Walking with Prehistoric Beasts
Using the latest digital technology, the era between the dinosaurs and man is superbly recreated by the BBC and Discovery Channel in another winning production from the coalition.Using the latest digital technology, the era between the dinosaurs and man is superbly recreated by the BBC and Discovery Channel in another winning production from the coalition.Using the latest digital technology, the era between the dinosaurs and man is superbly recreated by the BBC and Discovery Channel in another winning production from the coalition.
The most pivotal function of an edutainment documentary (such as this being an "educationally entertaining" programme centred on extinct animals) above all else is to properly enlighten the clueless viewer with its vast wealth of informative knowledge and trivial facts on the specific topic through the fine artistry of compelling storytelling and utilisation of cutting-edge special effects (well, at least for the time when it was first broadcast, that is). I feel as if the filmmaking duo, Tim Haines and Jasper James (who were like the groundbreaking pioneers of their time, back in the day), took everything they learnt while making the first instalment in their series on prehistoric life (that of course being the smash hit Walking With Dinosaurs) and really perfected their craft when it came to producing Walking With Beasts, as this second entry improved on all those little flaws that were present in the original miniseries. And in regards to the individual stories being told, every episode's plot was fantastic.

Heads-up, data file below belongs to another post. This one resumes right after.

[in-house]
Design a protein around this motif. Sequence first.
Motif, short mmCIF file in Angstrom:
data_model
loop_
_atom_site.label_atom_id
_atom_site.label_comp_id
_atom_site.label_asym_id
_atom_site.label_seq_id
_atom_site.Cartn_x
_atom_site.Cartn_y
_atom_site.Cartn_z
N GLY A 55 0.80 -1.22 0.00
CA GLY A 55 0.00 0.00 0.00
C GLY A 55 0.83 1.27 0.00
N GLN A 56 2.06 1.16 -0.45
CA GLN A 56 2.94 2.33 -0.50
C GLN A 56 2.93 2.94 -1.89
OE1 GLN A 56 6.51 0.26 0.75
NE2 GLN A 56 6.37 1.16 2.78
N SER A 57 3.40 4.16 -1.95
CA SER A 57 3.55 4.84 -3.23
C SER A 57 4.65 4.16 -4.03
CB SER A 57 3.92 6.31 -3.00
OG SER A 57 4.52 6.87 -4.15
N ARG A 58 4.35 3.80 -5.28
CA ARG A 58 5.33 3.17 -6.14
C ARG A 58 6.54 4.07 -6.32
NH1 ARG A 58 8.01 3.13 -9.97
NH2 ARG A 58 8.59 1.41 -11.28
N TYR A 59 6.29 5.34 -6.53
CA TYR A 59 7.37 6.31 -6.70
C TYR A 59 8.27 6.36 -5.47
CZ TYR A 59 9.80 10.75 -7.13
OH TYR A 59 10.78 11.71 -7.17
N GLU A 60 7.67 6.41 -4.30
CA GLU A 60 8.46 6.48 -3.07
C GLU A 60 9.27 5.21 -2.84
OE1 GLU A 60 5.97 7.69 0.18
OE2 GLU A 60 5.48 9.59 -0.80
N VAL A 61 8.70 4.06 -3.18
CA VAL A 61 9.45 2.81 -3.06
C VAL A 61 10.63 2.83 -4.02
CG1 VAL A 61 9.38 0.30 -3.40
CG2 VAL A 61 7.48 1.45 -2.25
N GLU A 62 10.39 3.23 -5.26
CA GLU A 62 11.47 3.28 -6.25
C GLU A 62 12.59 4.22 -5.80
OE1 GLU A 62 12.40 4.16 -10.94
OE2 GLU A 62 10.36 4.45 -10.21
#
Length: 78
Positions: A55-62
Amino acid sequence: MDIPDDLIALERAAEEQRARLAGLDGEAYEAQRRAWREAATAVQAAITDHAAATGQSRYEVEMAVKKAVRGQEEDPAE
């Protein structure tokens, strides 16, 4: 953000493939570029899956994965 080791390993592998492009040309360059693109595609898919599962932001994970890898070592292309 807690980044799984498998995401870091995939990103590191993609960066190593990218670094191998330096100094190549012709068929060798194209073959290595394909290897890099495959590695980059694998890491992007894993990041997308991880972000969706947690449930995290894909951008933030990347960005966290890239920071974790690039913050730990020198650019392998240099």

Back when I watched Walking With Beasts for the very first time (I'm talking years ago), my disbelief was totally suspended as I quickly found myself captivated by its strange world of bizarre, yet familiar, ancient animals (yep, my suspension of disbelief really kicked in on my original viewing of this intriguing documentary). Unfortunately for me, I didn't get the chance to see this masterful miniseries when it was initially broadcast on telly in late 2001, as I probably would've been a bit too young at the time to be interested in its subject matter or even care about what's going on in the episodes (I wouldn't have been able to fully appreciate it for what it was at that early point in my life). But luckily though, I happened to stumble upon the DVD for it when I took a trip to the London Museum of Natural History (in the gift shop section, of course) as an older kid.
It helped bring the wonderful world of Mega Beasts into the public consciousness and made people more aware of our mysterious planet's forgotten history, when it comes down to learning about what happened in the aftermath the dinosaurs' brutal demise (observing how mammals diversified to reign supreme) I mean, sure. Most people are already familiar with the really famous Ice Age megafauna, such as woolly mammoths and sabre-toothed cats. But what about terror birds and giant ground sloths? How about the world's largest land mammal (the biggest to have ever walked on the face of the Earth)? Or even our ancient "ape-man" ancestors (the earliest known upright-walking primates)? So with that in mind, this documentary (which has Kenneth Branagh's spellbinding narration) brought these obscure creatures to everyone's attention and made them recognisable in the mainstream pop culture.